The missing focus on health
The Covid pandemic has amply demonstrated the direct and indirect cross-sector impacts of the health sector and its devastating power to create disruption. It was therefore not surprising to see his mark on the Economic Survey.
Given the lessons of the pandemic, it was reasonable to expect a “health-focused” budget. It shouldn’t be. The main objective of the budget is to increase capital expenditure to develop economic infrastructure under the PM Gati Shakti program. The televised discussions focused on GDP, as if a 7.7% or 8.2% recovery made sense for the millions of people who have been impoverished by income losses, hunger, disease and pandemic-induced trauma.
Inequalities have widened. It is estimated that Rs 70,000 crore was spent by the people in this short period of time on medical care that the government should have provided. Spending at a time when incomes were falling pushed millions below the poverty line and hunger became a major problem putting India at the bottom of the Malnutrition and Hunger Index rankings. Children have lost two years of schooling which, in real terms, will be three, because they have lost what they learned the last time they went to school.
The budget allocation for the post-Covid year is a princely amount of Rs 83,000 crore, up 16.4% from last year’s Rs 71,268 crore. The budget of the Flagship National Health Mission which funds all health initiatives in partnership with the states has been increased by 7.4% from Rs 36,576 crore to Rs 37,000 crore. It is under the NHM that all disease control programs and reproductive and child health programs, including vaccinations – they deal with diseases that cost little to treat, but are life or death for the great masses. poor – are implemented. Covid has led to a coverage gap of over 30% across all these programs, raising fears of drug-resistant HIV and TB and leaving thousands of children unprotected against vaccine-preventable diseases . These programs have needed a much bigger boost alongside strategies to ensure they are isolated from another viral outbreak. But do we care?
Instead, the obsession is with digitization. How does a digitized health record help a critical care patient? What India’s healthcare system needs are strong policies that improve the availability of doctors and nurses and access to medicines and diagnostics.
Another FM announcement was the creation of 23 telehealth centers of excellence for mental health. Why a special mention in the speech when the budget allocation for mental health has only been increased nominally – from Rs 597 crore to Rs 610 crore? Mental health affects over 6-8% of our population and is a major untreated epidemic, costing the economy an estimated $1.03 trillion and accounting for 2,443 disability-adjusted life years per 1 lakh of the population, equivalent to cardiovascular disease and more than stroke or COPD. . To remedy this, the Mental Health Act must be implemented with a substantial injection of money, ideas and imagination. We have a severe shortage of qualified human resources, medicines are expensive, and services are scarce and unavailable in most parts of the country.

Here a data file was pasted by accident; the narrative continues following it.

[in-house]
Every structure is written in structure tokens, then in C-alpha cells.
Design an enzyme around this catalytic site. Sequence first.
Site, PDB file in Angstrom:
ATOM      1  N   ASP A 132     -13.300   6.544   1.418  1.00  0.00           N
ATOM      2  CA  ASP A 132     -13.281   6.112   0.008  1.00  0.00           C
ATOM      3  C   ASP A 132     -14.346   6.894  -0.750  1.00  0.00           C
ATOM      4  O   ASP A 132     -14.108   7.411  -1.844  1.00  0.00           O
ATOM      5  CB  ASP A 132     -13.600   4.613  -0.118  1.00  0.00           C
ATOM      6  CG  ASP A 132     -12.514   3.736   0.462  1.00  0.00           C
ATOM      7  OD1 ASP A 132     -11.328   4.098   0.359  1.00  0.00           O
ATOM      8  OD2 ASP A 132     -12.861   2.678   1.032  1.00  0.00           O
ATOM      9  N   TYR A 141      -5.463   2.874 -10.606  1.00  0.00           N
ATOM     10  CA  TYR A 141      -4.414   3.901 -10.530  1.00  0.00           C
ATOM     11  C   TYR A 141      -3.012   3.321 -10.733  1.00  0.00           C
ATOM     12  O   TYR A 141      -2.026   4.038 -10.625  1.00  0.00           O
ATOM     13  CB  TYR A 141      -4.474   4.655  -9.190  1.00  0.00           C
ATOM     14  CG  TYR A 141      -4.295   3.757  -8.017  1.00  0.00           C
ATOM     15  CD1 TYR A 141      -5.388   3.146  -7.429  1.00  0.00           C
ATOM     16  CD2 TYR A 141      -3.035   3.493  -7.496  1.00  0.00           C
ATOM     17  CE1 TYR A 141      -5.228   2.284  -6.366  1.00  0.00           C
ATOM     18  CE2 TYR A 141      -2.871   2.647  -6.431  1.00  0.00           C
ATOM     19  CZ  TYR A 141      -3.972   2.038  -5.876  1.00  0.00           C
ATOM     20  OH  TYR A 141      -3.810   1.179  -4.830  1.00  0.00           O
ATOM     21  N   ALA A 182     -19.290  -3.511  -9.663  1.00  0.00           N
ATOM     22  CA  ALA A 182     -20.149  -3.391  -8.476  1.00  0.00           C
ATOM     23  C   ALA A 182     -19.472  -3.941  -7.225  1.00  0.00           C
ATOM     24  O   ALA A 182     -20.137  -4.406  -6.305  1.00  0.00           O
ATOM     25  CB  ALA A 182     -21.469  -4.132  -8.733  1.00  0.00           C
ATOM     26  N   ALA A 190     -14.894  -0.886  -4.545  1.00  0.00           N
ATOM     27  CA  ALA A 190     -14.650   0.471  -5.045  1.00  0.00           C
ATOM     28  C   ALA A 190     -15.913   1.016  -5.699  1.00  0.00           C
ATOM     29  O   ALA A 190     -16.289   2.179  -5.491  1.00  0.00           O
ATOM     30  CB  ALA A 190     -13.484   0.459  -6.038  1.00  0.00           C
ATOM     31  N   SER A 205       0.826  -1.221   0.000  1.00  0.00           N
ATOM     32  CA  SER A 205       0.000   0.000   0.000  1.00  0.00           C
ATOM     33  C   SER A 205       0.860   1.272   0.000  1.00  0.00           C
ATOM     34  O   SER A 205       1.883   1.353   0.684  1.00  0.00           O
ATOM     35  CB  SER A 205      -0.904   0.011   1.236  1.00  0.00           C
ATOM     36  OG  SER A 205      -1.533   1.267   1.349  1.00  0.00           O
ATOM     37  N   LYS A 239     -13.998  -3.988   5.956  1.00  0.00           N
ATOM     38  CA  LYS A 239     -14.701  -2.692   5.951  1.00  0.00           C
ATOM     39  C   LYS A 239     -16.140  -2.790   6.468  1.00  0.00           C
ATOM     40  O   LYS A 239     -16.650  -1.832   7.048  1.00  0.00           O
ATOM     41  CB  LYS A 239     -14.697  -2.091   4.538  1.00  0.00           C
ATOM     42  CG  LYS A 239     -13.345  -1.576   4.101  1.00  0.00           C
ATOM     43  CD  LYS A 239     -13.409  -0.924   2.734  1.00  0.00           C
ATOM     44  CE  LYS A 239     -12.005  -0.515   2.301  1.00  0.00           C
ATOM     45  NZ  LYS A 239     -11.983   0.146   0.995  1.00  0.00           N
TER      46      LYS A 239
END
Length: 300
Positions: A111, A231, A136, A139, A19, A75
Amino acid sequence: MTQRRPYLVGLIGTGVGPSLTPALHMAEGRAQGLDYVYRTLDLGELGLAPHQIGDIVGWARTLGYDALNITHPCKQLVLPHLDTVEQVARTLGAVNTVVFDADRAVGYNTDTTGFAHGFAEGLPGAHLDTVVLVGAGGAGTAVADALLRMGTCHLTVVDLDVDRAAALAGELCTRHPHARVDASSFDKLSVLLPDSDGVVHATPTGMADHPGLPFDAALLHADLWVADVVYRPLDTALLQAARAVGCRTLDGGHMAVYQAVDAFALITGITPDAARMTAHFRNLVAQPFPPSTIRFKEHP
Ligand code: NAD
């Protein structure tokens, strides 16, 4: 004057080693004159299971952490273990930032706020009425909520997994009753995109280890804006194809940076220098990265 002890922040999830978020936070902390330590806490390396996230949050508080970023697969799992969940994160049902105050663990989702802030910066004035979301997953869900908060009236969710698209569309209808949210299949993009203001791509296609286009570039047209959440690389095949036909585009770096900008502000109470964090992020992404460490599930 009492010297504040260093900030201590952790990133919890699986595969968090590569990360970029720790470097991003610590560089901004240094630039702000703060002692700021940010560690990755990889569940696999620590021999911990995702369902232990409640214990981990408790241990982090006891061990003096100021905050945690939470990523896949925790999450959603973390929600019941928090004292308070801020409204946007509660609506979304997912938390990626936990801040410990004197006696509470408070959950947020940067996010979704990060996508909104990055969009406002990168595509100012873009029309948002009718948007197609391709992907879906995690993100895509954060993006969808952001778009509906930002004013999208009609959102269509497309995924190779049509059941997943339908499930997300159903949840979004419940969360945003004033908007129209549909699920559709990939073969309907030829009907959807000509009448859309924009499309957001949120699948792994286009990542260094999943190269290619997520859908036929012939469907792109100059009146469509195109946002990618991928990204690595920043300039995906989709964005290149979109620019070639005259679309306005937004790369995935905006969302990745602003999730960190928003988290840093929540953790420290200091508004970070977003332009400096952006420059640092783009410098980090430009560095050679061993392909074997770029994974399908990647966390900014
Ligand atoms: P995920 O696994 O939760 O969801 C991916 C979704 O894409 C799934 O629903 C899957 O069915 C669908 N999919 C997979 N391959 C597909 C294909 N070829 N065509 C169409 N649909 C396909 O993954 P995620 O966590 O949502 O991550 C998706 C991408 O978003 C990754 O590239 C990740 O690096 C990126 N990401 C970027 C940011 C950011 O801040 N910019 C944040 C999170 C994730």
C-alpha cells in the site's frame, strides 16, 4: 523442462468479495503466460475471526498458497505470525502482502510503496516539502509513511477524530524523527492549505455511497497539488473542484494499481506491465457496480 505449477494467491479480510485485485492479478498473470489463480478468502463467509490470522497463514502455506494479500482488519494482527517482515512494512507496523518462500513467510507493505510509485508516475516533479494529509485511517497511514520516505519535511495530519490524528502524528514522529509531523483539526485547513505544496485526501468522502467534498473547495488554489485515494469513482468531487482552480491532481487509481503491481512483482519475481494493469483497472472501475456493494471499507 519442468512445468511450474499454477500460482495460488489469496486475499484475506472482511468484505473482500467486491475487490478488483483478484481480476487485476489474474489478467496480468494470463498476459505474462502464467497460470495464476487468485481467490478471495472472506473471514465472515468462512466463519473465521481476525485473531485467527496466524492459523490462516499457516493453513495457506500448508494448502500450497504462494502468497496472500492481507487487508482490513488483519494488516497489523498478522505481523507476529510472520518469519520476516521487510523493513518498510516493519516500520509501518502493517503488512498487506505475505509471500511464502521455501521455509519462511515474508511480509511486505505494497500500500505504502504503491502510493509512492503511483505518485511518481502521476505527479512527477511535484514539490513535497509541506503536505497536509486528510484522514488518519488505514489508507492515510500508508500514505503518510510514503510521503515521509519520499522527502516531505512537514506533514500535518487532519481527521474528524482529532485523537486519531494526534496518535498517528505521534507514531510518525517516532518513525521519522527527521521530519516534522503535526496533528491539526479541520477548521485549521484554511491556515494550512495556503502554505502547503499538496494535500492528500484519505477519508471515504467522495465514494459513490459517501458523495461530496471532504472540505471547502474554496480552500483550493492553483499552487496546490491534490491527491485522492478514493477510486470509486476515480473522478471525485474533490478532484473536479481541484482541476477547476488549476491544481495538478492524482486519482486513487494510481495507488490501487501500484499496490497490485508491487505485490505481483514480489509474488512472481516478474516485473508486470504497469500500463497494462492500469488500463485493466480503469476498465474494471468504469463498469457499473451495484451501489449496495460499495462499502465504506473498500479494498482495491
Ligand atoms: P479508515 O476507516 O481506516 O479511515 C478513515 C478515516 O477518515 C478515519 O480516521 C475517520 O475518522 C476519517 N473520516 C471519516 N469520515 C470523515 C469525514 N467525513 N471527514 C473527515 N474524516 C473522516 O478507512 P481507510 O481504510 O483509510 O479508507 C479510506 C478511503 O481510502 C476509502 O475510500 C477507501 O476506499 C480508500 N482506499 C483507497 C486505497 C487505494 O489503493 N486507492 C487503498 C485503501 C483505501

Public hospital budget expenditure has increased by 30% – from Rs 7,000 crore to Rs 10,000 crore – although the much needed investment to strengthen the surveillance system has a nominal increase of 16.4%. The flagship Ayushman Bharat Health Insurance Scheme (PMJAY) continues to be grossly underfunded at Rs 6,412 crore – the same as last year. But then he had, strangely enough, only spent Rs 3,199 crore despite the huge medical needs people were facing due to the pandemic. An important takeaway should have been a greater investment in health research. It saw a miserable increase of 3.92% from Rs 2,663 crore to Rs 3,200 crore. It is on this insufficient budget that the laboratory network should be built until additional funds are mobilized from the World Bank or AfDB.
This year, the health budget was needed to build the resilience required so that we never go through the disruptions we have witnessed. Unfortunately, it contained no vision or direction to address glaring gaps in the health care system. Despite all the evidence and data, year after year we only lament bad health budgets that have been stuck at around 1.5% of GDP.
When World War II ended, England had a flattened infrastructure, a shattered economy and a weary people. Yet political leaders had the courage to announce a national health service – universal, free health care for all – on the grounds that “fully developed social insurance can provide income security; it is an attack on need. But need is only one of five giants on the road to reconstruction, and in some ways the easiest to attack. The others are disease, ignorance, misery and idleness. Since India also needs a massive boost to its economy to ensure a minimum quality of life for all its people, we must envision transformative change by tackling inequality, disease and ignorance by investing in health, education, nutrition and employment to ensure equal opportunities. Covid gave us that opportunity. It’s a shame we failed to catch it.
(The author is the former Union Health Secretary)